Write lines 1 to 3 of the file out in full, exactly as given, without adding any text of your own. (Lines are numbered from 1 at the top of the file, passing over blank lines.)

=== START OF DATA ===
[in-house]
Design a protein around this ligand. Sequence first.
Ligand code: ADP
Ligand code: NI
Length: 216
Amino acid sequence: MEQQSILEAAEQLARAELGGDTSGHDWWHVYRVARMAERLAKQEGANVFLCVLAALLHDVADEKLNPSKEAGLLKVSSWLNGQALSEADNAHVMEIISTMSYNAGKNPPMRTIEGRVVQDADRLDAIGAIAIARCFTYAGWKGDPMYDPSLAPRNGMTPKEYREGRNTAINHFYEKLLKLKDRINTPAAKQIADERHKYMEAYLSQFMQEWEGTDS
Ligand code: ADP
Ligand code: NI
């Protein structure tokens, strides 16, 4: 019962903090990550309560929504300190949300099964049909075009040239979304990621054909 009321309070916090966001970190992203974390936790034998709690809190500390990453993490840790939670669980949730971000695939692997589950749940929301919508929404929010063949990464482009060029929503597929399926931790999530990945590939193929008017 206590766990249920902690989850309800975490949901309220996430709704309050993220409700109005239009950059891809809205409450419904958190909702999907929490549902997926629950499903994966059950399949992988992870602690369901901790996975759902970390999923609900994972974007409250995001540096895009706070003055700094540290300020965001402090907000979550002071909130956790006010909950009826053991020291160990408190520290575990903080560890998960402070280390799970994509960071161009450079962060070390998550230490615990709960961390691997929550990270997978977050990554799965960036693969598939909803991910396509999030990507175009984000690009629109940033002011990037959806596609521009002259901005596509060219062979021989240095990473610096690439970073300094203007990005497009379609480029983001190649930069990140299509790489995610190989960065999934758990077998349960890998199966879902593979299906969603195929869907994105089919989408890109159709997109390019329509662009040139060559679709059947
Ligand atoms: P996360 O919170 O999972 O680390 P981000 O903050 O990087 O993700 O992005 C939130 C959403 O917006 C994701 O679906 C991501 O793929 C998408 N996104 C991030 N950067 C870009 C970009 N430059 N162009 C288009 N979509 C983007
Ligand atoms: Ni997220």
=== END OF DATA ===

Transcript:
[in-house]
Design a protein around this ligand. Sequence first.
Ligand code: ADP